Obama’s vision & Africa's future

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The President understands how the continent urgently needs to liberate itself from old industries and strongmen

President Obama may have found the key to unlocking Africa’s economic potential while liberating it from ossified leadership: sparking the fuller economic and political participation of the continent’s now-frustrated youth.

Such an emergence is overdue. In 2009, when Obama addressed Ghana’s parliament, he denounced corruption and misgovernment in Africa, saying Africa doesn’t need “strong men” but “strong institutions.”

Yet six long years later, as Obama revisited the continent last and this week, many of the same unsavory characters are still around — aging, and in most cases consolidating their hold on power. To name a few: Yoweri Museveni, who’s ruled Uganda since 1986; Paul Kagame, Rwanda’s supremo since 1994; Paul Biya, lording over Cameroon since 1982; Teodoro Obiang Mbasogo, fleecing Equatorial Guinea since 1979.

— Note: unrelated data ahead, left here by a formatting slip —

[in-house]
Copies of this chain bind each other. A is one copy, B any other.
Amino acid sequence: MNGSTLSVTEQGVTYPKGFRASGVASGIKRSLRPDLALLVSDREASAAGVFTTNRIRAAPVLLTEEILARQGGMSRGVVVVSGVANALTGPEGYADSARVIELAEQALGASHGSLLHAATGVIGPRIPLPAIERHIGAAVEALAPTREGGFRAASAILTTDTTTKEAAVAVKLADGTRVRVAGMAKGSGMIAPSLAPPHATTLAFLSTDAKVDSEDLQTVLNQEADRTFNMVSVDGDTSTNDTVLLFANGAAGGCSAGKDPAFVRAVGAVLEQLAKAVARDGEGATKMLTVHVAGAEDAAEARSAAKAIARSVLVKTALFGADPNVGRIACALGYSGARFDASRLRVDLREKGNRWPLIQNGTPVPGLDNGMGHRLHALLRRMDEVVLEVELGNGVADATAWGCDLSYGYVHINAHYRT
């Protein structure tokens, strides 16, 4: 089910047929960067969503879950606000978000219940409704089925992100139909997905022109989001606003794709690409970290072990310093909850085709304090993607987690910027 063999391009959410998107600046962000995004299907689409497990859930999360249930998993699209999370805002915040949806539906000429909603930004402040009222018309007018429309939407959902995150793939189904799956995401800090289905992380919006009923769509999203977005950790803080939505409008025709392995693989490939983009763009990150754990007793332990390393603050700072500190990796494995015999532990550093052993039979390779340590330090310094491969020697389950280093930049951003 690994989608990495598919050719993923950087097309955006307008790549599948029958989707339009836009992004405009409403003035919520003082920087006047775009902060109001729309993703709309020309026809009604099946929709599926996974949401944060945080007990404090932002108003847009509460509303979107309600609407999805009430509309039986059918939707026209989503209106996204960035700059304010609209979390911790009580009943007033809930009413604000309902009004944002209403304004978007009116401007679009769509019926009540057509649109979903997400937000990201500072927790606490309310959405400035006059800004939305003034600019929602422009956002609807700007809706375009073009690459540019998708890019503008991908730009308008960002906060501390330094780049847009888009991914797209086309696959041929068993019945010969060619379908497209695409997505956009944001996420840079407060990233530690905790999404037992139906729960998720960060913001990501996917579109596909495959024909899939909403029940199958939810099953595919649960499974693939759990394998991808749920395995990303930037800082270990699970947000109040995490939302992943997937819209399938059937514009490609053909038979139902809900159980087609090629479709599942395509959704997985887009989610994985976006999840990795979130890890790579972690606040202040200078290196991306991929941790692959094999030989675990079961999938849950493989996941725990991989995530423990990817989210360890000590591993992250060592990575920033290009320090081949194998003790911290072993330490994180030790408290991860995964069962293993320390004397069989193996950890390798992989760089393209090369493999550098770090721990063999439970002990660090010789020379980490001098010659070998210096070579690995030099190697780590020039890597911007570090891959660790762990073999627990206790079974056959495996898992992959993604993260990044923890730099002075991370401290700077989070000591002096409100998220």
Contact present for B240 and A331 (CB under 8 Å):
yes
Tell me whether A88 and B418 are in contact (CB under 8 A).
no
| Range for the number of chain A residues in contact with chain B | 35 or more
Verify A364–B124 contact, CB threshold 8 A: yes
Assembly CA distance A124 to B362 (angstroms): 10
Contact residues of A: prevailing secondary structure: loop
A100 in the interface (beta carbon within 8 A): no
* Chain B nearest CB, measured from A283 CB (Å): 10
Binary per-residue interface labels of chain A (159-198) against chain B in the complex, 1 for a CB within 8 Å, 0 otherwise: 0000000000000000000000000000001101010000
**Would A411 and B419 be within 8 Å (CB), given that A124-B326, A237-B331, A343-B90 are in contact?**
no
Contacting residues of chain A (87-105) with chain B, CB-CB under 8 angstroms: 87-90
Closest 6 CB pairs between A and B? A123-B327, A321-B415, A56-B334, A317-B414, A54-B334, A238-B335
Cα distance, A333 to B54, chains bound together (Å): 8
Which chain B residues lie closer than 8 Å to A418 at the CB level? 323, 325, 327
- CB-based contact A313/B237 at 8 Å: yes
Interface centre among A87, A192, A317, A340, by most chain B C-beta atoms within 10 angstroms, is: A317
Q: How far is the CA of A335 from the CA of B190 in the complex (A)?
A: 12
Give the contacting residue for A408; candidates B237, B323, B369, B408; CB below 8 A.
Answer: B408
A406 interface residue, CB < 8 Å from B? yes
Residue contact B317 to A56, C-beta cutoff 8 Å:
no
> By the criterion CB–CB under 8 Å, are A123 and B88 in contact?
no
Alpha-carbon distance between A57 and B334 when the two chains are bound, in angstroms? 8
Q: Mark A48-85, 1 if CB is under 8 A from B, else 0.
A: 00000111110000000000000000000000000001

Change is far less likely to come from within an aging generation than from the next one. With over a billion people, Africa also has the world’s most youthful population; 200 million are aged between 15 and 24, according to the African Development Bank.

But the economic power of the continent typically remains consolidated in the hands of the powers that be — who are the powers that have been. Congo’s minerals alone are estimated at roughly $25 trillion; Nigeria is the world’s 12th largest oil producer.

Those gold-mine industries reward entrenched power. It is youth — who think internationally and understand technology better than their elders — who can help unstick national economies.

Of course, there are risks of placing bets on the young, especially in a continent where the quality of education and training remain spotty. Youth unemployment ranges from 60% in South Africa to over 80% in Uganda. A World Bank survey in 2011 found that 40% of the youth who join rebel armies cited unemployment as a motivator.

For the rest of the article please see The New York Daily News

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